"The color green smelled green.  Everything red smelled red, it smelled of blood and red roses."
A writer is open to synesthesia - the overlapping of senses, where one sense (like seeing the color red) activates another (now 'red' has a smell). A writer does not have to use the technique to be open to it. I try allowing my mind beyond the boundaries of immediate logic. Allow sentences the freedom of a childhood, to let them play and experiment and break bones even.  And heal over.  And try again.  I am trying to be open to letting go of control. Being open to not understanding, and exploring that - following (instead of erasing) that sentence.  

"I didn't know of any animal called Stress. This must have been an imaginary animal the humans thought up, as if there weren't enough real animals."
Think of Stress as an animal - an imaginary animal - an animal that feeds on the imagination - that's a prowler and unproductive. I personally imagine a wolf pacing up and down outside my window. I used to dream of wolves when I was a kid in Minnesota, when my bedroom window was ground level, facing the woods. That's still how stress feels to me. It's awake and hungry when I'm trying to rest. It wants to edge its way into my mind and confiscate something from me, drains and devours. How do we tame such an animal?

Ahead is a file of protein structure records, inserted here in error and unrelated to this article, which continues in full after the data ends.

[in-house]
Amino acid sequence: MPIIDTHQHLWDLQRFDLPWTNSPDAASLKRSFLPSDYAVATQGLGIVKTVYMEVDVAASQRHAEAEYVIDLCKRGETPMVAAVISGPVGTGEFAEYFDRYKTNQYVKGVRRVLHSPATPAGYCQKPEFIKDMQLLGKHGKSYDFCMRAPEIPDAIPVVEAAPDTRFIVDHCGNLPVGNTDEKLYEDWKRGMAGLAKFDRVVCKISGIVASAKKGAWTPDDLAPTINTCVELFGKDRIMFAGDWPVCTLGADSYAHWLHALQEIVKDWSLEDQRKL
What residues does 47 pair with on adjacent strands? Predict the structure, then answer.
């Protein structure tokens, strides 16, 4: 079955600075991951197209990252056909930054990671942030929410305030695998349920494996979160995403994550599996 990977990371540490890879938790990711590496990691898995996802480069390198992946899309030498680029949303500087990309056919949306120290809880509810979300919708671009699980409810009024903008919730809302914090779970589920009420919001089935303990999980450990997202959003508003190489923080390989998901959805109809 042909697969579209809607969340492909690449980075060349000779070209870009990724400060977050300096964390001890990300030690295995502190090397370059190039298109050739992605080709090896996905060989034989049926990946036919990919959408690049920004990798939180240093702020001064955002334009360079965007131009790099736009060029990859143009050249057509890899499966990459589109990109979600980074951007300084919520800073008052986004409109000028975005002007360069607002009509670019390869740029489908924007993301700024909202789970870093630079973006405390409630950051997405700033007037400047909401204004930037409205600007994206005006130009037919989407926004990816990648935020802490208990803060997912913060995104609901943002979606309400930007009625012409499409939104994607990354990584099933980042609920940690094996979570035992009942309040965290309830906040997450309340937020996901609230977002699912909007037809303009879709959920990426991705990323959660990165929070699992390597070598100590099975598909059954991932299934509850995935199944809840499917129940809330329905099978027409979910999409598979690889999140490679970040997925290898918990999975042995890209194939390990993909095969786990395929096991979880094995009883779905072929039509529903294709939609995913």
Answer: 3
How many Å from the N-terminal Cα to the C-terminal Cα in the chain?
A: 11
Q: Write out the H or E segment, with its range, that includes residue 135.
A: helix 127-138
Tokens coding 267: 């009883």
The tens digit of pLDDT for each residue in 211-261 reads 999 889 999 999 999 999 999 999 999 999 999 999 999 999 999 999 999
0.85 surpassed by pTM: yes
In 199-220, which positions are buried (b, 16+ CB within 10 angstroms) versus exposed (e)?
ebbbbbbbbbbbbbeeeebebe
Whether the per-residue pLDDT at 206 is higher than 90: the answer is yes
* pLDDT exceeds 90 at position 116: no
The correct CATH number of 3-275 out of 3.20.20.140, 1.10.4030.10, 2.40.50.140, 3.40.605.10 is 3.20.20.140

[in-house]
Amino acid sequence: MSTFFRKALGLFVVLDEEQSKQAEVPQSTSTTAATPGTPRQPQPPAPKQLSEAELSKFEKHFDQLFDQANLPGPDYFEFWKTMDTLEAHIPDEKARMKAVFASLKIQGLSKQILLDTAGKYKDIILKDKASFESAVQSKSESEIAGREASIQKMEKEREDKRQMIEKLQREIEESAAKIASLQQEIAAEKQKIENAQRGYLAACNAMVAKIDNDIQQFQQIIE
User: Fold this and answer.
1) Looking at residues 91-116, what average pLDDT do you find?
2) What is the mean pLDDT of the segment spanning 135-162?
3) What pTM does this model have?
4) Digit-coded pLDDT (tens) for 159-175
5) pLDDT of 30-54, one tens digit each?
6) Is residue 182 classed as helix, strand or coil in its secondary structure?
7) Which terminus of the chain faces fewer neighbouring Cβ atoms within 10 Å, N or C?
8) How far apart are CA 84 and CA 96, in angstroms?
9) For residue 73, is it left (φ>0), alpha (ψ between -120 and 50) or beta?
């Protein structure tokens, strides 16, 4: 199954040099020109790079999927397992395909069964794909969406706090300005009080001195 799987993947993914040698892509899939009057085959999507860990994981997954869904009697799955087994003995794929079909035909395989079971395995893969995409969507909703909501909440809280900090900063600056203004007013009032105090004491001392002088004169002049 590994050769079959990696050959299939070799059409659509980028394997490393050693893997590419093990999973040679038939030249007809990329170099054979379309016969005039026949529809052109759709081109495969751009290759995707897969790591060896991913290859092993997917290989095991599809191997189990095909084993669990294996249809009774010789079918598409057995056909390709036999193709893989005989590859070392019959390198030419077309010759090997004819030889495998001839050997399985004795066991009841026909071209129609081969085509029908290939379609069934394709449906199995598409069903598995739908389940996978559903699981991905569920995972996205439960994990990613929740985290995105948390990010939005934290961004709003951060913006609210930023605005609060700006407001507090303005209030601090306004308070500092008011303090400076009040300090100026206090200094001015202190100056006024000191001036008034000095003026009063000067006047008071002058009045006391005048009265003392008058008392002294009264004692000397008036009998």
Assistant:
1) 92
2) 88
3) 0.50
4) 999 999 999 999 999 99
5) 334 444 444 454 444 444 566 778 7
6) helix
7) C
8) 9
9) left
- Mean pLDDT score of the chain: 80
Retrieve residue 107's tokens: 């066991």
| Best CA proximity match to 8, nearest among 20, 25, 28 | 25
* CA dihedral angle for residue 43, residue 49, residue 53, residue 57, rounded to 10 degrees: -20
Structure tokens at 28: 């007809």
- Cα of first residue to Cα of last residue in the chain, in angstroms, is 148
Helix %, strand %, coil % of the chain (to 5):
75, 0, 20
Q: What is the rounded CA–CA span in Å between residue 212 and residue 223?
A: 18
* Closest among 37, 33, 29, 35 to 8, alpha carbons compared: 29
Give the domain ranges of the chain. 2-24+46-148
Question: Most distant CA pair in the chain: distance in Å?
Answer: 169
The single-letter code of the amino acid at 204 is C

Like most things, I think it begins with listening. Why is Stress clawing at the door? Write down what it says, what it wants. Usually Stress is afraid of something, is caring that's gone bad, turned poisonous. But when I write down what it wants, I can feed it something other than my attention and imagination. I can reassure the animal that we are not enemies, and care to his wounds so we can both relax, so Stress can go back into the woods, and I can go back to my desk.

"The main thing is that my heart stays warm."
Writing is like making fire.  It needs to be fed, is difficult to touch, feels good to be near.  We make fire to keep the blood in our bodies warm, when our bodies aren't warm enough.  It feels like another person, a little.  I love that the main thing is the heart.